As a final move in this context, one may consider whether the necessity or cogency of demonstrations is affected by the rules one uses to make inferences. Could there be a difference in the necessity of proofs that result from using different (valid) rules of deduction? Does it make any difference with respect to the necessity of a proof which rule one uses? Does one valid rule generate greater or a different type of necessity or cogency than another? (Consider, e.g., the case of using the equivalences that obtain among the connectives to translate the premises of a proof into equivalent forms and then use as our rule of inference the rule of detachment instead of modus ponens.) It is hard to see how there could be any such differences in the necessity of proofs resulting from the use of different valid rules of inference if we were to use only truth-preserving rules of inference. It is possible, of course, that there could be a difference in the ease with which the necessity of proofs which use different rules could be grasped—a difference in the sense of necessity they convey. Although this quasipsychological factor could be of interest to Aristotle, it is not what primarily concerns him in the context under discussion. In any case, it seems that the feature of necessity is not affected by using equivalent valid rules of inference—lesser necessity or different types of necessity do not result by such use.

The possibilities considered so far are quite important to Aristotle, especially when he is concerned with some quasipsychological or nonformal aspects of demonstration or more commonly when he, in his characteristic way, moves imperceptibly from the formal to such nonformal aspects. I have no doubt that in part what he means when he insists that some disciplines demonstrate with greater cogency or exactness than others is that the demonstrations of the latter kind of disciplines possess some of the features mentioned—for example, they proceed from principles about the truth of which one is not as convinced as one is about that of the principles of some others; they introduce extraneous premises; they do not make all of their premises explicit. I am not convinced that this is the whole story, for there is no clear textual evidence that he takes these features to constitute by themselves the demonstrative differences cited earlier. These features do not capture what appears to be the intent of his remarks about the differences in cogency or necessity in demonstration and the contrast between knowledge in the strict sense and knowledge by analogy or similarity. It therefore seems that the attempt to explain


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the supposed differences in cogency or exactness among disciplines within the Platonist conception of knowledge or demonstration is not altogether successful. It appears that one would have to weaken some of the conditions of demonstration more than the defenders of the Platonist conception are willing to do.

Soft, Weak, or Inexact Demonstrations

However, which condition are we to weaken, and how? It is difficult to answer this question with any certainty. The problem lies in determining what Aristotle means when he speaks of demonstrations that are soft (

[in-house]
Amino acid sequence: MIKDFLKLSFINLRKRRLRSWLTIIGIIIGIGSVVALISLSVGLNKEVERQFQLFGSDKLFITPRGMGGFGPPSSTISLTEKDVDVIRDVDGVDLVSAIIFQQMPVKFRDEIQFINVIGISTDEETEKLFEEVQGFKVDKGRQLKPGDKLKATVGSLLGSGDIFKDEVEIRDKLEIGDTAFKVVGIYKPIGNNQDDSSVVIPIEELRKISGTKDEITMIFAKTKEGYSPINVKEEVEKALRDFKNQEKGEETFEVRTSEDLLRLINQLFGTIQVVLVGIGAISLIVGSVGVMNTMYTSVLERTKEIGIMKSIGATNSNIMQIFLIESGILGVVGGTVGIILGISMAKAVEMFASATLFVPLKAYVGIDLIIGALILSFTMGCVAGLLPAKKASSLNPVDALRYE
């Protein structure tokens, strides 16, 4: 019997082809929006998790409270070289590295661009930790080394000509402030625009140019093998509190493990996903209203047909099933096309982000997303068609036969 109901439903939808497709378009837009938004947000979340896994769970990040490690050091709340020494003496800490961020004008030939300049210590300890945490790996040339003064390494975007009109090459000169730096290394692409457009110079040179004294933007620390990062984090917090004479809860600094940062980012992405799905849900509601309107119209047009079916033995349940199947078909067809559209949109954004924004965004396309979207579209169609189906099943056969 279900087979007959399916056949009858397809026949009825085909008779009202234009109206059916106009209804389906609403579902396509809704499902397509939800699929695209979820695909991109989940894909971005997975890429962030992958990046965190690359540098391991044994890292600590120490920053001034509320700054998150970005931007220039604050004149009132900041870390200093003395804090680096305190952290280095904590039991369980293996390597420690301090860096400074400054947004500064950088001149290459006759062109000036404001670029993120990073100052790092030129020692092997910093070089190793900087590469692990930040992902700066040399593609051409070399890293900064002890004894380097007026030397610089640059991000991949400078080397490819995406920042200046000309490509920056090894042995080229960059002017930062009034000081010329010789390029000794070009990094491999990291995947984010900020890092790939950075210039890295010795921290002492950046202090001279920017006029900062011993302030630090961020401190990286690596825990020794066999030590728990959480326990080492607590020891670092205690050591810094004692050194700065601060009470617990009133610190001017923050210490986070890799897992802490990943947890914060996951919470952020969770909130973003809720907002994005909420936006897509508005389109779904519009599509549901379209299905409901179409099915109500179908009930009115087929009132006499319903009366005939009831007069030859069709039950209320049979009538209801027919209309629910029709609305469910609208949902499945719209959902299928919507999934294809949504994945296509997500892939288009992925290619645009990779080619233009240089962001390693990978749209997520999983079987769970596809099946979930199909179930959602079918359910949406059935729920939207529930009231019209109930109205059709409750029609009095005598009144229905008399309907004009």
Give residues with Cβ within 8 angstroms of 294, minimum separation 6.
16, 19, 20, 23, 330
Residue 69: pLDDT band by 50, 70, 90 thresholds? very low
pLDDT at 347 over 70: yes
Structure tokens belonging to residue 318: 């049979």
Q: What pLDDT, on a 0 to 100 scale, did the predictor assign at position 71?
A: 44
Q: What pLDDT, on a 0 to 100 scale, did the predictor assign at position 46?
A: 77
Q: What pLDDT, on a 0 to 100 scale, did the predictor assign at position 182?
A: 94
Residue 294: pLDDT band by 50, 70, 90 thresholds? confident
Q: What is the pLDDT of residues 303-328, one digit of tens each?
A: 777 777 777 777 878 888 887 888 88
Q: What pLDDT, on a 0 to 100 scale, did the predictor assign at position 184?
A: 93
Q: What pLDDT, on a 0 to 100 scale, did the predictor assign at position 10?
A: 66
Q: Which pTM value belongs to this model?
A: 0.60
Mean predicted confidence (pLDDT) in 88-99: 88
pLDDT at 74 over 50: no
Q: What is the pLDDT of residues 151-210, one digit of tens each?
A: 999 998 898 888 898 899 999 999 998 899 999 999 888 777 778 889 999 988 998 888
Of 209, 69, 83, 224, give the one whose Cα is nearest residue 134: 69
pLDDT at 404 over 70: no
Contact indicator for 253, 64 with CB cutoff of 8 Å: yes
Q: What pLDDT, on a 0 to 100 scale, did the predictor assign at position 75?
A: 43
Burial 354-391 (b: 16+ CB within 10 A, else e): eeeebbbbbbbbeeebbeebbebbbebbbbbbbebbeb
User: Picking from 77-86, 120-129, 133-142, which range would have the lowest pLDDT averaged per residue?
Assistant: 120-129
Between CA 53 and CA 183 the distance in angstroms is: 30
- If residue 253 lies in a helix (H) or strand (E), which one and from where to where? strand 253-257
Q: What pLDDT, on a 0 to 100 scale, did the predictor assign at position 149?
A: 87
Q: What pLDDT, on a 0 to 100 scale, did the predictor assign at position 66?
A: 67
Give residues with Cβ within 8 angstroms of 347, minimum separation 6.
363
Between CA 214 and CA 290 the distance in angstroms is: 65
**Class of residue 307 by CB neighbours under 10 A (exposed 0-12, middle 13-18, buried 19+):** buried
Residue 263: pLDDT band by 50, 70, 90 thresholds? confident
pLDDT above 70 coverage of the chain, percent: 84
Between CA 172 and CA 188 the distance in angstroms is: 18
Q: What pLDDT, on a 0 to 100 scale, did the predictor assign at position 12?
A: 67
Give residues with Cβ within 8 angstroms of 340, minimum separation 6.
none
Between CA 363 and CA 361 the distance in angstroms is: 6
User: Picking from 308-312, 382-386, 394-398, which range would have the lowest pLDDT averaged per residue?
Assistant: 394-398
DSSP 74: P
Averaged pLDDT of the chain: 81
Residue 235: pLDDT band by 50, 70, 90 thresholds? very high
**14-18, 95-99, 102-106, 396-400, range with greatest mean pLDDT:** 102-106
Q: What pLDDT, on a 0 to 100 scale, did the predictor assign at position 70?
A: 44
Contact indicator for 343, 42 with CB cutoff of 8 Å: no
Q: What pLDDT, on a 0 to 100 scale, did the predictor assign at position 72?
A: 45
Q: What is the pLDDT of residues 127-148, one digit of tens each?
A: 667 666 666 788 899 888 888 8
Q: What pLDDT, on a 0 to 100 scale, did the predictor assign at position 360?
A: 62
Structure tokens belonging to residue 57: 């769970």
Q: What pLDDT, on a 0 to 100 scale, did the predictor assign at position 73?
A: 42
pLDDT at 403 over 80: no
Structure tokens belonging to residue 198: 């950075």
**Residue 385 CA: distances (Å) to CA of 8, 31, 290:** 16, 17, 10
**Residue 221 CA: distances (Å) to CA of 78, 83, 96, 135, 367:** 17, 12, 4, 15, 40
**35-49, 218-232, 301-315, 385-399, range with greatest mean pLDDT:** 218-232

figure
) or disciplines that demonstrate more softly (
figure
) than others. These terms that Aristotle applies to some demonstrations or disciplines mean, when used literally, "soft" or "softer," their opposites being "hard" or "harder." Aristotle himself uses them quite frequently in their literal sense and often contrasts them to their literal opposites (
figure
,
figure
).[22] What is a soft or softer demonstration and how does a discipline demonstrate softly or more softly?

The examples Aristotle gives of soft demonstrations and even the contexts in which the above terms occur do not tell us very much about the features that make a demonstration or a discipline soft or softer. In Met . (109068), for instance, he characterizes an argument as very soft (

figure
figure
) because it rests on premises that are, according to him, false or absurd. And when in the Rhet . he speaks of demonstrating cogently or softly (7.14), he goes on to claim that in order to do so one must use as premises only those facts that bear on what he is trying to prove. These ways of weakening the conditions of demonstrations go too far, for one needs at least to suppose that the premises of a demonstration are not absurd, are not altogether false, and are relevant to what we aim at demonstrating.

The condition of truth, however, is one of the conditions that may be looked upon as a plausible candidate for distinguishing between soft or weak and cogent or exact demonstrations. After all, it is one of the conditions Aristotle requires of the premises of a demonstration. Without abandoning it altogether, without making the premises outright false, it can perhaps be weakened somewhat. Thus there can be demonstrations whose premises are strictly true (the exact or cogent ones) and others whose premises, although not strictly true, are almost true (the soft or inexact ones). Such premises could be just those propositions that Aristotle takes to be true for the most part—the propositions about matters of conduct and the world of nature. As seen earlier, these propositions are not false, but they are not strictly true either. Though they have exceptions, they are almost true.